Madrid, Spain. The Museum of Popular Arts and Traditions is in the rennovated "El Corralon" from 1860.
2 floors of exhibits are stacked along a hallway, organized by "stall". The upper floor is a mezzanine.
Translucent panels face the courtyard.
In museums, everything is taken out of context, simply because it's placed in a museum. To me, this feels most poignant with costumes, worn by real people and meant to be part of lively community events and rituals, displayed on stiff mannequins. This universal museum dilemma seems most dramatic in ethnographic museums. Are they preserving the memory of a culture, and at the same time confirming that it's "all over" because it's in a museum?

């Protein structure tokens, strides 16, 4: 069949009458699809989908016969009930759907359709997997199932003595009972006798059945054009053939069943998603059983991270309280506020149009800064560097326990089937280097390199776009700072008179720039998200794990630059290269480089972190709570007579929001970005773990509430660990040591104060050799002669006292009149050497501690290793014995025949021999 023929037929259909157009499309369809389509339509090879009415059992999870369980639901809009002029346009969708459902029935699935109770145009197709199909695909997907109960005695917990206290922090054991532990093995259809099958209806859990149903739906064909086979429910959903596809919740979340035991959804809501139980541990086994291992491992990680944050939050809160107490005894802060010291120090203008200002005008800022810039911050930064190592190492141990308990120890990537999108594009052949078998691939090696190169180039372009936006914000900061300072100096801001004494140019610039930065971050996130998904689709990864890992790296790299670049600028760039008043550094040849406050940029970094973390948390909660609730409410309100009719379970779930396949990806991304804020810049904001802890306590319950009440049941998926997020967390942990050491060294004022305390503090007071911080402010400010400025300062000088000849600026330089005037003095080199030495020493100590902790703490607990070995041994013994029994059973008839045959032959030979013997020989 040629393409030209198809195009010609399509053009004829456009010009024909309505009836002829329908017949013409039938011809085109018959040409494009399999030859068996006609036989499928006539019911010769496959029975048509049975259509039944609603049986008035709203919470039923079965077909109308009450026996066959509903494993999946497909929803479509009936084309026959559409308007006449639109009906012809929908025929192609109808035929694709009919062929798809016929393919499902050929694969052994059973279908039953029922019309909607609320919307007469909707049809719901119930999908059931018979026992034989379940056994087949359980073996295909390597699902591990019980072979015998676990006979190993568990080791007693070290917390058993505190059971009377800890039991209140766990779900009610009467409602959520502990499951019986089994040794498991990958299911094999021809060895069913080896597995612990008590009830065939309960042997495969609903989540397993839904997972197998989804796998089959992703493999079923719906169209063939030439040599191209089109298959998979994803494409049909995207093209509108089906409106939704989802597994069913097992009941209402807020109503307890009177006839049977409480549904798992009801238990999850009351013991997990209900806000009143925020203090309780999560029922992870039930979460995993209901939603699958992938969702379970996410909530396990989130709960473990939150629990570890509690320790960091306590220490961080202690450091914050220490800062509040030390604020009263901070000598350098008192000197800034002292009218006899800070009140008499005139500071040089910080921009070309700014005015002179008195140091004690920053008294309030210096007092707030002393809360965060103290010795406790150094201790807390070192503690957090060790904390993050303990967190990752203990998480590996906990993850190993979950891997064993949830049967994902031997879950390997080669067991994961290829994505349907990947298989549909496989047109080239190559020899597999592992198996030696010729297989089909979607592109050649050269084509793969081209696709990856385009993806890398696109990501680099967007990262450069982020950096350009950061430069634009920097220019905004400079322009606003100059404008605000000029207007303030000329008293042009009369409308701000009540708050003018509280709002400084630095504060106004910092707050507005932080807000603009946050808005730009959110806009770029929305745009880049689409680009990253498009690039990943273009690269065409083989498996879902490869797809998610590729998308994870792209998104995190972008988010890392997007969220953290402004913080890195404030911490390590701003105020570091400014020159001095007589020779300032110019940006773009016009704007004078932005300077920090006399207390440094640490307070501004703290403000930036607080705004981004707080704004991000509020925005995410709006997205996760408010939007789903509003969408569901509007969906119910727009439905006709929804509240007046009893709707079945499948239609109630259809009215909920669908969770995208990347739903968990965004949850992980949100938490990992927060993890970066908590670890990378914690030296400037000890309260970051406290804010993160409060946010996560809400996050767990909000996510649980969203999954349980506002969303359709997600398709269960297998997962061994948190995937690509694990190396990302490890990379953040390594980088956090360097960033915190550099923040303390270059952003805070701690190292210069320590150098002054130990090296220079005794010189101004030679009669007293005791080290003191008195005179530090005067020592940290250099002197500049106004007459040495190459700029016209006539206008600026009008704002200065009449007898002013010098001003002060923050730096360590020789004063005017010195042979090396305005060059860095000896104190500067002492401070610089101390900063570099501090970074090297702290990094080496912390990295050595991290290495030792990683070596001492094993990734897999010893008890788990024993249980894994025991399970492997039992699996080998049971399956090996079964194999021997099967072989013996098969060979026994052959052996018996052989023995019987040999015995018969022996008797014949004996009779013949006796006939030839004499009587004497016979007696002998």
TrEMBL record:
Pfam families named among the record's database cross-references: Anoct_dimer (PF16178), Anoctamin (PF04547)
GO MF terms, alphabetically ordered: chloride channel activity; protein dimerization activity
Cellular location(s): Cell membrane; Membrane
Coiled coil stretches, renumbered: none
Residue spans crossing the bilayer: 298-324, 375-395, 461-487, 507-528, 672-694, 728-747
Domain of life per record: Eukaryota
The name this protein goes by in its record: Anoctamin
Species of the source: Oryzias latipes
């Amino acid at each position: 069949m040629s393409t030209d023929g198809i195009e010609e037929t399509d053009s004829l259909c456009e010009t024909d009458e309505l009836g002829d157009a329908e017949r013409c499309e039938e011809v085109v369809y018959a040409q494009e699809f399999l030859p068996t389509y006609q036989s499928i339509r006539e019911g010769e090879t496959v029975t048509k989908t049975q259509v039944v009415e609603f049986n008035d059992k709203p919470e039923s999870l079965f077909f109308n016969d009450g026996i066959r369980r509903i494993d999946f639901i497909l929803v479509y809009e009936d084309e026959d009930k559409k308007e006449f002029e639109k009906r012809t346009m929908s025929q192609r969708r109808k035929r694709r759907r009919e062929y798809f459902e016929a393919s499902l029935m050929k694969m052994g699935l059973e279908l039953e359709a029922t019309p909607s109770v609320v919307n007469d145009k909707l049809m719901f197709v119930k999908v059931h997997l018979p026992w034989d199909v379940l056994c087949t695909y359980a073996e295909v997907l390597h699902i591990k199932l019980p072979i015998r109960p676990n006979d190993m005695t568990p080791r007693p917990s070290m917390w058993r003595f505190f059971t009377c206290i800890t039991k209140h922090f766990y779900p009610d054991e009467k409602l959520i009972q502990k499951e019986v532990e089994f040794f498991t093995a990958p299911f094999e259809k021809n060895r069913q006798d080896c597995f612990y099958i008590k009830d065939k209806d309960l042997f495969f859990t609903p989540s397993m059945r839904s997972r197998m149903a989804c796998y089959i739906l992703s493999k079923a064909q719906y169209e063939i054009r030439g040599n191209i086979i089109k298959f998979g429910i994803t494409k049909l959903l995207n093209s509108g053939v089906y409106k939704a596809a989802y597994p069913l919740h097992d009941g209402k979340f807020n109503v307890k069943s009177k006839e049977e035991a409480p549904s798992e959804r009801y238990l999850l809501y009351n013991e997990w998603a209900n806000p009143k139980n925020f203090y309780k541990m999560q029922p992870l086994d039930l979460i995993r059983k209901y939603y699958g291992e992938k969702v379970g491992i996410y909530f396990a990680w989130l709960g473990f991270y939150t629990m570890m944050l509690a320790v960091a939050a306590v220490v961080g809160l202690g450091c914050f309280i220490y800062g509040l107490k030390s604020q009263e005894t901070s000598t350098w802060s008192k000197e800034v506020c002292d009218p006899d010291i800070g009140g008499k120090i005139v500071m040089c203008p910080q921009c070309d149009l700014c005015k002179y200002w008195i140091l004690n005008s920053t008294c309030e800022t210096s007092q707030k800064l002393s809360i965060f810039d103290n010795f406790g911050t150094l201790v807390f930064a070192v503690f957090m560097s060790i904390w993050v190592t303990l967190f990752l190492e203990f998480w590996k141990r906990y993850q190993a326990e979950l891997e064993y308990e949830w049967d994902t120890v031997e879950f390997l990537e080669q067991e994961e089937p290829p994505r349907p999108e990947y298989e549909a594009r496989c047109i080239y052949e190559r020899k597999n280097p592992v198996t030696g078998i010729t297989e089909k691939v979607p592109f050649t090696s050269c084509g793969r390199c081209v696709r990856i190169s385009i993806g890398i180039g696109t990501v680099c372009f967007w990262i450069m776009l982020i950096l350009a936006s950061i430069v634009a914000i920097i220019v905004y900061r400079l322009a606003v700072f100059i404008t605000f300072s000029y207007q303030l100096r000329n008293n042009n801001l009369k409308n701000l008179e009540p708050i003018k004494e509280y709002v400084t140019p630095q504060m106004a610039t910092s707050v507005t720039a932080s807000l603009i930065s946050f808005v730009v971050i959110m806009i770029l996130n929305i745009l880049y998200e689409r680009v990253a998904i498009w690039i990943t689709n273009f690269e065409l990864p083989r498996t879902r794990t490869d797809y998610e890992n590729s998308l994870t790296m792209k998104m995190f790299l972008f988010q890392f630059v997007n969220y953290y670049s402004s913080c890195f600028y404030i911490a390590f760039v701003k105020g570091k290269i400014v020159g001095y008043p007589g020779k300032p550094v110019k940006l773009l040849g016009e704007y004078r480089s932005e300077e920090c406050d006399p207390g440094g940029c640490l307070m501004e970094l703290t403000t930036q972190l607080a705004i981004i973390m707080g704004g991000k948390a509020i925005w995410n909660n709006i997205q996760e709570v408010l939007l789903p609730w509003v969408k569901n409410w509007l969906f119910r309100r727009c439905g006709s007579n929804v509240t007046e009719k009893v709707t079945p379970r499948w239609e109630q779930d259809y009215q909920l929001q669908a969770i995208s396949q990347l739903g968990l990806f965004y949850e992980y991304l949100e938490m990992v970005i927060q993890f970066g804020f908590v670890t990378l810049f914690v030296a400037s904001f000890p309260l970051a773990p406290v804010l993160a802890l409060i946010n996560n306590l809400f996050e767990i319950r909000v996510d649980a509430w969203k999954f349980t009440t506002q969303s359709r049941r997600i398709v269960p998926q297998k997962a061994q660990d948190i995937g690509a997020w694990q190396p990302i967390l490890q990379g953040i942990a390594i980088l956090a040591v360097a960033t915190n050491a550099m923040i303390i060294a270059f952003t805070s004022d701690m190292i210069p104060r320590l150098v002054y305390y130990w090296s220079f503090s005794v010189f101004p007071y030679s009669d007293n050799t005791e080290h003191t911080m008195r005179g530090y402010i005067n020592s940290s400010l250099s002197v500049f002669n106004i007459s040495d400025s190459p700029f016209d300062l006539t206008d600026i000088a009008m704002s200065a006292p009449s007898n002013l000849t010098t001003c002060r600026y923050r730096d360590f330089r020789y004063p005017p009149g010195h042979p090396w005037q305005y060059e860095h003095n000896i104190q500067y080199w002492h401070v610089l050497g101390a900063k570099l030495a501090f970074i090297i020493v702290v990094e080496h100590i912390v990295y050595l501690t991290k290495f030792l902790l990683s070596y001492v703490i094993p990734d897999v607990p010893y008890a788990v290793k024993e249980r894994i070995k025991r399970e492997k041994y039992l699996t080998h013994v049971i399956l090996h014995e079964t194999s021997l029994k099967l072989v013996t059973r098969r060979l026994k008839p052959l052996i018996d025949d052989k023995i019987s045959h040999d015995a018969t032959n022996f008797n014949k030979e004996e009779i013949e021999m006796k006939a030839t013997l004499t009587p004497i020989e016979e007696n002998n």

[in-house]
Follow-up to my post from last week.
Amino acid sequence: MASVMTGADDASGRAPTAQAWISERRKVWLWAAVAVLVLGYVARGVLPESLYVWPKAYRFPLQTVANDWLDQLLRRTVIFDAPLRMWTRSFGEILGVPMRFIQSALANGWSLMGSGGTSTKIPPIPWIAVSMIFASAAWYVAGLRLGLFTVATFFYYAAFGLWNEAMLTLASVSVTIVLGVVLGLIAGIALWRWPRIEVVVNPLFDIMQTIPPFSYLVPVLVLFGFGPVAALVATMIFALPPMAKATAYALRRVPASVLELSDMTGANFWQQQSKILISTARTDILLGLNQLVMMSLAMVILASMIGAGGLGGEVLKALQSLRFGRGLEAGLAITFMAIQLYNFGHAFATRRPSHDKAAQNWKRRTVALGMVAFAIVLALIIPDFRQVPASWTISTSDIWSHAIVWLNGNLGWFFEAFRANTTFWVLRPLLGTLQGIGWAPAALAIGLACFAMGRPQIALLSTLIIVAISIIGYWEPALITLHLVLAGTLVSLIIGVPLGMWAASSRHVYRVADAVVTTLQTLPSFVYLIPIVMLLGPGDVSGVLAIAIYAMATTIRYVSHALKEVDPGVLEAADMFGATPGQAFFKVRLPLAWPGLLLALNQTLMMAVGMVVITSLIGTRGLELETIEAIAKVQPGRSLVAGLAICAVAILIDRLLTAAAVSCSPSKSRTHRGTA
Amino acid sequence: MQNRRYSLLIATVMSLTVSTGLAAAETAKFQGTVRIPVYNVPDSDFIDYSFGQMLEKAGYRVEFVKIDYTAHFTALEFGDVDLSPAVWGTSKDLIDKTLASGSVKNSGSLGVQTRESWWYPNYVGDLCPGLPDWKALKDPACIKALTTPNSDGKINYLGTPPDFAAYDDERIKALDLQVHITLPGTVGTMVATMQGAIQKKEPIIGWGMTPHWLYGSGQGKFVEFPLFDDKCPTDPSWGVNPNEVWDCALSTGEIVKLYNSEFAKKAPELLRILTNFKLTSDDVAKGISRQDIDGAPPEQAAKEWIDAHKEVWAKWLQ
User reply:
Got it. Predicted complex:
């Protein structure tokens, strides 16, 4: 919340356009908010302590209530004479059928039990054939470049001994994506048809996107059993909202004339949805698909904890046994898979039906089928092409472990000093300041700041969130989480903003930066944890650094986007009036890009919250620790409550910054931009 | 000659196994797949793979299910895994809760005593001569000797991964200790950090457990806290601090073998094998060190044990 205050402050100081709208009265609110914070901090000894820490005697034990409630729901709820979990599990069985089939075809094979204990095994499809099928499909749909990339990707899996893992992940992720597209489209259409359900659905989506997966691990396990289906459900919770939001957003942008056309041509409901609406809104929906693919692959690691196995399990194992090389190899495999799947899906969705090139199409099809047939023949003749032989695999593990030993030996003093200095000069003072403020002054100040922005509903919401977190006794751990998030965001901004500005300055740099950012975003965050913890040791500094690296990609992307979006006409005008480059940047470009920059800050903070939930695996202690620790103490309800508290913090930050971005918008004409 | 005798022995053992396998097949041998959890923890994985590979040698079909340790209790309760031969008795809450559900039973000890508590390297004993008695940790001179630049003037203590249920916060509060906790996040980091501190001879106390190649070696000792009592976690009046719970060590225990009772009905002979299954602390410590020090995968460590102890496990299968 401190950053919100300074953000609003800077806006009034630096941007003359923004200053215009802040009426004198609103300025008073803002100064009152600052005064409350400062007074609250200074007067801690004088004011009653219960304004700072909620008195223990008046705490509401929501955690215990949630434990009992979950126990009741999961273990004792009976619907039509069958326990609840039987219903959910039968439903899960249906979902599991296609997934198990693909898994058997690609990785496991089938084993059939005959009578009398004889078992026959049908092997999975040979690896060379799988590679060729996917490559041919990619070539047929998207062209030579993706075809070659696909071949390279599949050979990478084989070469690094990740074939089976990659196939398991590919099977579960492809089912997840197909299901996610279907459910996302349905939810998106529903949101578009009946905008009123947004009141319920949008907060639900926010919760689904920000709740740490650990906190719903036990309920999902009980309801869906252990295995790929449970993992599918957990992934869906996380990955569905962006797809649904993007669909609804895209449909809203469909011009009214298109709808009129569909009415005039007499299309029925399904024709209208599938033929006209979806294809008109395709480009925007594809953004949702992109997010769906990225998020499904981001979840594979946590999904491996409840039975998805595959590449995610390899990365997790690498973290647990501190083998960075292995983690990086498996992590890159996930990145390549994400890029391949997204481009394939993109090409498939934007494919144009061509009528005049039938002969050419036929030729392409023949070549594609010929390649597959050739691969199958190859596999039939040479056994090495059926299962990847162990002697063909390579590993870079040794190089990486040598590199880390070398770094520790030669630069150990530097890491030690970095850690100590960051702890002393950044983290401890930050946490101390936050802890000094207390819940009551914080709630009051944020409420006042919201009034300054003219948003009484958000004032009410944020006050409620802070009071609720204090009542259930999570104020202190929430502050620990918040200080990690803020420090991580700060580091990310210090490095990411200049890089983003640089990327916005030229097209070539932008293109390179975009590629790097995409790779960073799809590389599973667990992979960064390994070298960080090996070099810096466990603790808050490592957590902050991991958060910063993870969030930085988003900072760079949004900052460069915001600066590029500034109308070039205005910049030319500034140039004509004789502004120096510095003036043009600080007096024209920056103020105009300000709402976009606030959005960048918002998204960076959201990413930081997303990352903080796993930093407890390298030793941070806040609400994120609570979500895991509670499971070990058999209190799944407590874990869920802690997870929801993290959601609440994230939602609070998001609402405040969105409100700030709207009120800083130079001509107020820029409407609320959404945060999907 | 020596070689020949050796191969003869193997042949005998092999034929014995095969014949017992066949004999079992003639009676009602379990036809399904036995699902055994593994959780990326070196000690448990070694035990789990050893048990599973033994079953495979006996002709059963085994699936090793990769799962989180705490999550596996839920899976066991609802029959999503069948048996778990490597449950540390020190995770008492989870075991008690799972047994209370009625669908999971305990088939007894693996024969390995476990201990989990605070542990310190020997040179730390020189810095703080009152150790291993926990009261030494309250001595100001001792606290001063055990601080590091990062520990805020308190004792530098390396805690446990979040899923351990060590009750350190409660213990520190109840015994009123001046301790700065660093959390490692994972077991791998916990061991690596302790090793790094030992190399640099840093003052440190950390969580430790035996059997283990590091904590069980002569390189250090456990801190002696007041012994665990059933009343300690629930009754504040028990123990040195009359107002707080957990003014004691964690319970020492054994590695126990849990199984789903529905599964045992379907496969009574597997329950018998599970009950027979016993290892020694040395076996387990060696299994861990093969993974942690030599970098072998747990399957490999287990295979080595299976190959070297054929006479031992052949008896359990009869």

The answer is always in the programming, but that's not always evident to visitors. How does a museum connect to current cultures, that may be enriched by looking back at their own history?
Rattan mats on the stairway, and a mirror underneath.
These plex panels have that "added" look, probably for safety reasons, after the Artisan areas were installed.
A funny transition between the end of the hall and a barn area, leading to another hallway under install.